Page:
The view in Government circles in Dublin is more or less consistent – the British are preparing to make compromises on the border backstop in order to secure a deal on the withdrawal treaty in the coming weeks.
Senior Government sources cite the British prime minister’s stated willingness to seek a deal even at her party conference. They cautiously reveal high level contacts with British ministers who have been pointing in this direction for weeks.
But most telling of all, say some sources, is the level of alarm exhibited by the DUP this week at the Conservative Party conference.
Clearly unwilling to take Theresa May's assurances and reassurances at face value, the DUP has been warning her that it will bring down her government, vote against a deal on Brexit if it violates its "blood red" red lines, and has been cosying up to May's greatest rival Boris Johnson.
This behaviour has encouraged many in Dublin who see it as evidence that May is readying concessions on the backstop to enable a breakthrough in the deadlocked negotiations.
Dublin has been observing Ulster unionism more closely and for a lot longer than London has. It understands that deep, deep in the heart of political unionism lies a great fear of something – something worse than the threatened advances of Dublin's greenery, worse even than the infernal devices of popery: it is the fear of betrayal by London.
That is what the DUP means when it says that unionism has seen off worse threats than May. But it does not seem to say it with any great confidence. The fear of the great betrayal by those to whom it has pledged it loyalty is the unspoken terror: unspoken but keenly felt.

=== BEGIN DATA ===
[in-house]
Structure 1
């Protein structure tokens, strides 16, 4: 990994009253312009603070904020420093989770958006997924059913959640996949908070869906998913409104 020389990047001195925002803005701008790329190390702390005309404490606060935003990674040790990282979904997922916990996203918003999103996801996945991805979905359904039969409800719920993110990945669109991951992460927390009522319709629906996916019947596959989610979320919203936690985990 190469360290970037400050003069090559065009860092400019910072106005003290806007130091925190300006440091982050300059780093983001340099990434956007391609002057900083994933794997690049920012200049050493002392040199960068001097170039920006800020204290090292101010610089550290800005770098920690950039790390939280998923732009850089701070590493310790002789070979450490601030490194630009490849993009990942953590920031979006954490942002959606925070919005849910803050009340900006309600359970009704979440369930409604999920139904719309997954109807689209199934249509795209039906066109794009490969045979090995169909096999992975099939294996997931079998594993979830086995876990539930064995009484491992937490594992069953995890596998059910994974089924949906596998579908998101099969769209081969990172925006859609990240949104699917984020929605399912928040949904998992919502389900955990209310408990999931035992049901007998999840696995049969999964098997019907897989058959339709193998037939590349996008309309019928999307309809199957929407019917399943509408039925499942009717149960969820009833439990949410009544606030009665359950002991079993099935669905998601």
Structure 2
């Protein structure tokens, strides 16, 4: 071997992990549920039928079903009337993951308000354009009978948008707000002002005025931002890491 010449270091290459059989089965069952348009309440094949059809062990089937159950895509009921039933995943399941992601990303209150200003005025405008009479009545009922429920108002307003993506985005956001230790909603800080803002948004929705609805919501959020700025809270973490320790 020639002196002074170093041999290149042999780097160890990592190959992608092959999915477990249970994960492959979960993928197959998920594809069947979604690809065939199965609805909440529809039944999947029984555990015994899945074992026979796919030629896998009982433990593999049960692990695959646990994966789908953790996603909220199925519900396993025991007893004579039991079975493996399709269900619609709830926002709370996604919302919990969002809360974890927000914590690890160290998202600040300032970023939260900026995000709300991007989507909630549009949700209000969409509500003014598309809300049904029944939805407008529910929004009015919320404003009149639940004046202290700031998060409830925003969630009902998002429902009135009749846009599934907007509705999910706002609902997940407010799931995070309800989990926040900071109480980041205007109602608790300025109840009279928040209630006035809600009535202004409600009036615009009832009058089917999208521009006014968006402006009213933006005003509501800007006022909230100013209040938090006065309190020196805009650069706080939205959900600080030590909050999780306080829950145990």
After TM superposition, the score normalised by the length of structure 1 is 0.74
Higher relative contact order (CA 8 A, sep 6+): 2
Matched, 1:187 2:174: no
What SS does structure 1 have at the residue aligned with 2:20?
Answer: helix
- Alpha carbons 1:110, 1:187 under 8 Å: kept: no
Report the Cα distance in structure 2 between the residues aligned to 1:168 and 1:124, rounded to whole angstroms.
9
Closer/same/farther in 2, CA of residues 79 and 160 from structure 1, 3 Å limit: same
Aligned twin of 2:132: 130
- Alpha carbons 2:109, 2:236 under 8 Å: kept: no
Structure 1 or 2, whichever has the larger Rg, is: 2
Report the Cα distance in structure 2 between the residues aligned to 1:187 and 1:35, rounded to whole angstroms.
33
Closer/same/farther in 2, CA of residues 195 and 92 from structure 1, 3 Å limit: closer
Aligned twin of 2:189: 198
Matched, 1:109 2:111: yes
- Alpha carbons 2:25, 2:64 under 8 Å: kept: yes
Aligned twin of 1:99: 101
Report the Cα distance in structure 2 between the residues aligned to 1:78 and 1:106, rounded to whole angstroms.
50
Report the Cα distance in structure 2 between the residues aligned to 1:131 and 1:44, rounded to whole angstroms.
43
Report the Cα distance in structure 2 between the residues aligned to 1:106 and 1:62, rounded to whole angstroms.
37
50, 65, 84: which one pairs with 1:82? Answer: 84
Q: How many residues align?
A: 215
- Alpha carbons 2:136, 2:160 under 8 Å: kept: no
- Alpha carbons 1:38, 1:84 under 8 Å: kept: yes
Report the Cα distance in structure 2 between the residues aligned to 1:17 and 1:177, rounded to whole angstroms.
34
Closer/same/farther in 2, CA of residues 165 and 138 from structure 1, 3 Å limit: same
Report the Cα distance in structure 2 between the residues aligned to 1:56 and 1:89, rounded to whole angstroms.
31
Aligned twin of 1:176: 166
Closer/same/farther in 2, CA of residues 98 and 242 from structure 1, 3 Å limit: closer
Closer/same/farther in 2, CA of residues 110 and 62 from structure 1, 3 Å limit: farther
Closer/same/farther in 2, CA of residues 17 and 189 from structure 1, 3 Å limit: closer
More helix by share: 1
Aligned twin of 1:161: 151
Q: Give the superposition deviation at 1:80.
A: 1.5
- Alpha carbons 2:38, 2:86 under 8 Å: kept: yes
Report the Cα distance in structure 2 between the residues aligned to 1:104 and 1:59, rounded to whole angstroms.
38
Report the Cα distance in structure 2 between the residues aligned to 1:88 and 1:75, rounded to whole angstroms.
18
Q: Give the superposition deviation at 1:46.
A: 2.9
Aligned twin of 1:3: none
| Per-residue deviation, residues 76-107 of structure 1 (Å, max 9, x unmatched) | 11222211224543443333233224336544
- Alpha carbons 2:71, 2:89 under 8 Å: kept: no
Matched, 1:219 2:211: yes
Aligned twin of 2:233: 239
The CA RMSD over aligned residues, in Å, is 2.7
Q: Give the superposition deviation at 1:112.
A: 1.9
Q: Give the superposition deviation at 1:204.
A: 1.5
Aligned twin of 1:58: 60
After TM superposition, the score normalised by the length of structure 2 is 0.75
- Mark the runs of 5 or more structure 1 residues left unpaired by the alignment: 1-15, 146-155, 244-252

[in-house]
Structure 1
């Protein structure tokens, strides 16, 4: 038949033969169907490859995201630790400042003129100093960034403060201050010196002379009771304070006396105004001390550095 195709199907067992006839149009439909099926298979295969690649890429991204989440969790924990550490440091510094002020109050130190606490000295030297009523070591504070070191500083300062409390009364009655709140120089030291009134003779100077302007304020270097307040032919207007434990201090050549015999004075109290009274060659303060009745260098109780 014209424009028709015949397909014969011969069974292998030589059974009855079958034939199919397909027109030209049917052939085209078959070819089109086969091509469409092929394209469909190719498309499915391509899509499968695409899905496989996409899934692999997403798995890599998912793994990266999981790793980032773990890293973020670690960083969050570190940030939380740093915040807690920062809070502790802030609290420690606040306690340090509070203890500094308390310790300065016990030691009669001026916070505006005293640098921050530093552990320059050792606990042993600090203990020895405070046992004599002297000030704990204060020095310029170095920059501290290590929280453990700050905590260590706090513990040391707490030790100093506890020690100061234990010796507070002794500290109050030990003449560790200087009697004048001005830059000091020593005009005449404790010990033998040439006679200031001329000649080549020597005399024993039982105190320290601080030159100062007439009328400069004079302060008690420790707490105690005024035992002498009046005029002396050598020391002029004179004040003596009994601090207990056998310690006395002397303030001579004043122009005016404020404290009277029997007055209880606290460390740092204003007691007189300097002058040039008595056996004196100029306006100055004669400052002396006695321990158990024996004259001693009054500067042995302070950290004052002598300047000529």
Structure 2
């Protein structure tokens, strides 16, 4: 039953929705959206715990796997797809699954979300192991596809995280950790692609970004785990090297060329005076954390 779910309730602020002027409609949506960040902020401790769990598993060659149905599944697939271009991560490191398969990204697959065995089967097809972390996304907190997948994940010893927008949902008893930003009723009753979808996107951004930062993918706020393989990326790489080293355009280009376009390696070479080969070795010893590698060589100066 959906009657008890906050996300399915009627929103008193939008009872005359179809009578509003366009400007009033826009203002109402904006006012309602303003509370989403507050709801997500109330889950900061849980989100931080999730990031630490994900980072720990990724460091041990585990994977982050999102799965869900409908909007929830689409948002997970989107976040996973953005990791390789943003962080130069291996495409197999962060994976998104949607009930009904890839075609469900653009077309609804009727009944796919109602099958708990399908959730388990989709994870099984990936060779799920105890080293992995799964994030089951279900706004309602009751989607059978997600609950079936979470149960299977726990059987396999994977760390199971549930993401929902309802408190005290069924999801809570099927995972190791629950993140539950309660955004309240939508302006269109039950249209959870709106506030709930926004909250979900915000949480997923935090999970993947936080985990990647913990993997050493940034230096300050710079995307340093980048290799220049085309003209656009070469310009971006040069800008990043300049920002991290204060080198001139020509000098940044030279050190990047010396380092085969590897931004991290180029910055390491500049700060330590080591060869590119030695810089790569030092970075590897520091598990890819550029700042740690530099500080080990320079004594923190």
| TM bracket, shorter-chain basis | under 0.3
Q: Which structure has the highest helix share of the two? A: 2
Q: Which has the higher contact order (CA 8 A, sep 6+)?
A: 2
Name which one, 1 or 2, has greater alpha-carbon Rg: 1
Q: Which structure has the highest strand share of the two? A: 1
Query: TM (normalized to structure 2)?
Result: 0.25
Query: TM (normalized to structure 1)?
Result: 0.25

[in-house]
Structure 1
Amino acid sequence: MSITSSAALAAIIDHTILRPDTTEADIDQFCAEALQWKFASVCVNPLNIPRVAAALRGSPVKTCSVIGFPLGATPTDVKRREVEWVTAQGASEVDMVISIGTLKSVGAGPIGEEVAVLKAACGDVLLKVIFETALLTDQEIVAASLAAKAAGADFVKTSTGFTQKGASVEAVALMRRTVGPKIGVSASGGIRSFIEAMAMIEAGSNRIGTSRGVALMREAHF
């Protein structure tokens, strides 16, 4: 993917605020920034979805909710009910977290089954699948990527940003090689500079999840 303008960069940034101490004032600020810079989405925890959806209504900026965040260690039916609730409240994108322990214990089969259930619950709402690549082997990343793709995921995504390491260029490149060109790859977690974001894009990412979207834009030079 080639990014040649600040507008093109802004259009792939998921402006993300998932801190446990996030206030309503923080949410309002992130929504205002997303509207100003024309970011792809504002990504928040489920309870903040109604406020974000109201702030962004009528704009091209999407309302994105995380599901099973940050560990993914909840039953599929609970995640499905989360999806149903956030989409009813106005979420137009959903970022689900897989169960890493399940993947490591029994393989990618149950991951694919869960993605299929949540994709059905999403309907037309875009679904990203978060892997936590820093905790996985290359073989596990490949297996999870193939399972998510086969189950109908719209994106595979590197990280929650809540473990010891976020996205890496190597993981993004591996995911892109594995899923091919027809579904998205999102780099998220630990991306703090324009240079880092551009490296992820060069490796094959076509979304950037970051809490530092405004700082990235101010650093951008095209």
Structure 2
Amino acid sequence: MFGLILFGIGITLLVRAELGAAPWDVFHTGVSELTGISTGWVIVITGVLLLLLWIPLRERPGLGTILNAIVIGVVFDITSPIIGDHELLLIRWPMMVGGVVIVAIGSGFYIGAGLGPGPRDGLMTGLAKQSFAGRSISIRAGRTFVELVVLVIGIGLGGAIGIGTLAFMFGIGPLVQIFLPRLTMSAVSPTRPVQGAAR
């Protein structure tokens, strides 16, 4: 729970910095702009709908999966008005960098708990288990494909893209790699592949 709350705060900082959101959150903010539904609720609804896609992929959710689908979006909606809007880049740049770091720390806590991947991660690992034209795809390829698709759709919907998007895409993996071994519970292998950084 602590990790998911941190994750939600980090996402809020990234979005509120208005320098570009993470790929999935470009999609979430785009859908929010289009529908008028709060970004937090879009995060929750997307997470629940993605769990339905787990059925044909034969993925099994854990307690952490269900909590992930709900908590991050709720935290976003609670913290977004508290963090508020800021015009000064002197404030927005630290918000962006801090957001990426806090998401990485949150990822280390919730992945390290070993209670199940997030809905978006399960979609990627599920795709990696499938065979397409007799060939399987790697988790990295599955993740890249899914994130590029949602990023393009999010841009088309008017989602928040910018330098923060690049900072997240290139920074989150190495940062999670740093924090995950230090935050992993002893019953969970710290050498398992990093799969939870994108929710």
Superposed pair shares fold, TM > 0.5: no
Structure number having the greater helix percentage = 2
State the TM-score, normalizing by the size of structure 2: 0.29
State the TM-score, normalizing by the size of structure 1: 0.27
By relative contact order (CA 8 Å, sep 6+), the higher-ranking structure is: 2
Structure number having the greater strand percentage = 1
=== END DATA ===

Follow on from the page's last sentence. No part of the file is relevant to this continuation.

May promises under no circumstances will there be a border down the Irish Sea, and no diminishing of the constitutional status of the North within the UK. So say all of us, says Dublin. And us too, says the European Commission, bent on "de-dramatizing" the backstop question.
Part of the de-dramatising is the downplaying of any regulatory checks on goods that might become necessary between the North and Britain to maintain the twin objectives of an open border and the UK’s right to diverge from European regulatory standards.
There are already checks on animals, they point out. Checks do not a border make, they say. Any new checks, suggest the British, would have to be approved by Stormont. Just because there's checks doesn't mean the North is different to the UK, they say. The DUP smells betrayal.
Can the checks be there and not be considered a border? Can the North be different yet the same?
To the plain-spoken yeomanry of the DUP the Jesuitical hairsplitting of the Brexit negotiations is an inherently suspicious activity.
Rejecting the Catholic doctrine of transubstantiation in the sacrament of the Eucharist, Martin Luther could not bring himself to completely abandon the idea of the transformation of the bread and wine into the body and blood of Jesus, as John Calvin had done. So he instead came up with the doctrine of consubstantiation – by which it is held that the consecrated host and wine is both the body and blood of Christ and bread and wine. Two things at once.
The EU is seeking the full Roman Catholic monty – the transubstantiation option – that the North is different from the UK. The DUP and their hard Brexiteer allies are Calvinists (literally and metaphorically in many cases). It's bread and wine, no more.
May – the daughter of a Church of England vicar – is seeking the consubstantiation option: that at the same time the North should be both different from the UK and the same as the UK.
This may be a neat political and theological shimmy: though history says there is always the risk of a 30-year war and the death of millions. Though it might not come to that.